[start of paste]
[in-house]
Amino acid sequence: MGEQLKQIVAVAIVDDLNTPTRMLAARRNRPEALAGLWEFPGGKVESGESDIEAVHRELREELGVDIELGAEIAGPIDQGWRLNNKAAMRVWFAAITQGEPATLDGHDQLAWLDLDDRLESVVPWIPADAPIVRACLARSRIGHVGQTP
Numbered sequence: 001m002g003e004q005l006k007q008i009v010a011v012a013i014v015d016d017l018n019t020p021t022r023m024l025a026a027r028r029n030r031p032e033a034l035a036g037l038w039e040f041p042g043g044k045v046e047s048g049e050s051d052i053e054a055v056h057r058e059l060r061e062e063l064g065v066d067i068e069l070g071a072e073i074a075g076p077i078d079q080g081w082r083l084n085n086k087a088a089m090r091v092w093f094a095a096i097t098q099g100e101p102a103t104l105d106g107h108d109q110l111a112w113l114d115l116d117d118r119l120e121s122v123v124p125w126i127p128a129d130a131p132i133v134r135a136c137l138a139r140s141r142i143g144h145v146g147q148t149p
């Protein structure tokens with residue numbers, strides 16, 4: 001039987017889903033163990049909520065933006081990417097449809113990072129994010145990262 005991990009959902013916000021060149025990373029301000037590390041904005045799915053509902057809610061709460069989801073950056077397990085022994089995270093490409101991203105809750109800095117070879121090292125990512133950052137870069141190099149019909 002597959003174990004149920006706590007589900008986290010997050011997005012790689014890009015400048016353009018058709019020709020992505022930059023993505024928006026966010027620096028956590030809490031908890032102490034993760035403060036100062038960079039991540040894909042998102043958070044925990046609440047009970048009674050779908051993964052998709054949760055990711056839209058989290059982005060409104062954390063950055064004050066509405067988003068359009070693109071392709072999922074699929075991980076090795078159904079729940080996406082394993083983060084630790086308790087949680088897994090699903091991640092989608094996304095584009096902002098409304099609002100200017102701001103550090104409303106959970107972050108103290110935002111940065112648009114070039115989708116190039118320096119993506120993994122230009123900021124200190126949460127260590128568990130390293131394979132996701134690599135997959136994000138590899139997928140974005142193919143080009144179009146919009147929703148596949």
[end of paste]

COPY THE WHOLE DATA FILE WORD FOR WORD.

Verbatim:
[in-house]
Amino acid sequence: MGEQLKQIVAVAIVDDLNTPTRMLAARRNRPEALAGLWEFPGGKVESGESDIEAVHRELREELGVDIELGAEIAGPIDQGWRLNNKAAMRVWFAAITQGEPATLDGHDQLAWLDLDDRLESVVPWIPADAPIVRACLARSRIGHVGQTP
Numbered sequence: 001m002g003e004q005l006k007q008i009v010a011v012a013i014v015d016d017l018n019t020p021t022r023m024l025a026a027r028r029n030r031p032e033a034l035a036g037l038w039e040f041p042g043g044k045v046e047s048g049e050s051d052i053e054a055v056h057r058e059l060r061e062e063l064g065v066d067i068e069l070g071a072e073i074a075g076p077i078d079q080g081w082r083l084n085n086k087a088a089m090r091v092w093f094a095a096i097t098q099g100e101p102a103t104l105d106g107h108d109q110l111a112w113l114d115l116d117d118r119l120e121s122v123v124p125w126i127p128a129d130a131p132i133v134r135a136c137l138a139r140s141r142i143g144h145v146g147q148t149p
């Protein structure tokens with residue numbers, strides 16, 4: 001039987017889903033163990049909520065933006081990417097449809113990072129994010145990262 005991990009959902013916000021060149025990373029301000037590390041904005045799915053509902057809610061709460069989801073950056077397990085022994089995270093490409101991203105809750109800095117070879121090292125990512133950052137870069141190099149019909 002597959003174990004149920006706590007589900008986290010997050011997005012790689014890009015400048016353009018058709019020709020992505022930059023993505024928006026966010027620096028956590030809490031908890032102490034993760035403060036100062038960079039991540040894909042998102043958070044925990046609440047009970048009674050779908051993964052998709054949760055990711056839209058989290059982005060409104062954390063950055064004050066509405067988003068359009070693109071392709072999922074699929075991980076090795078159904079729940080996406082394993083983060084630790086308790087949680088897994090699903091991640092989608094996304095584009096902002098409304099609002100200017102701001103550090104409303106959970107972050108103290110935002111940065112648009114070039115989708116190039118320096119993506120993994122230009123900021124200190126949460127260590128568990130390293131394979132996701134690599135997959136994000138590899139997928140974005142193919143080009144179009146919009147929703148596949």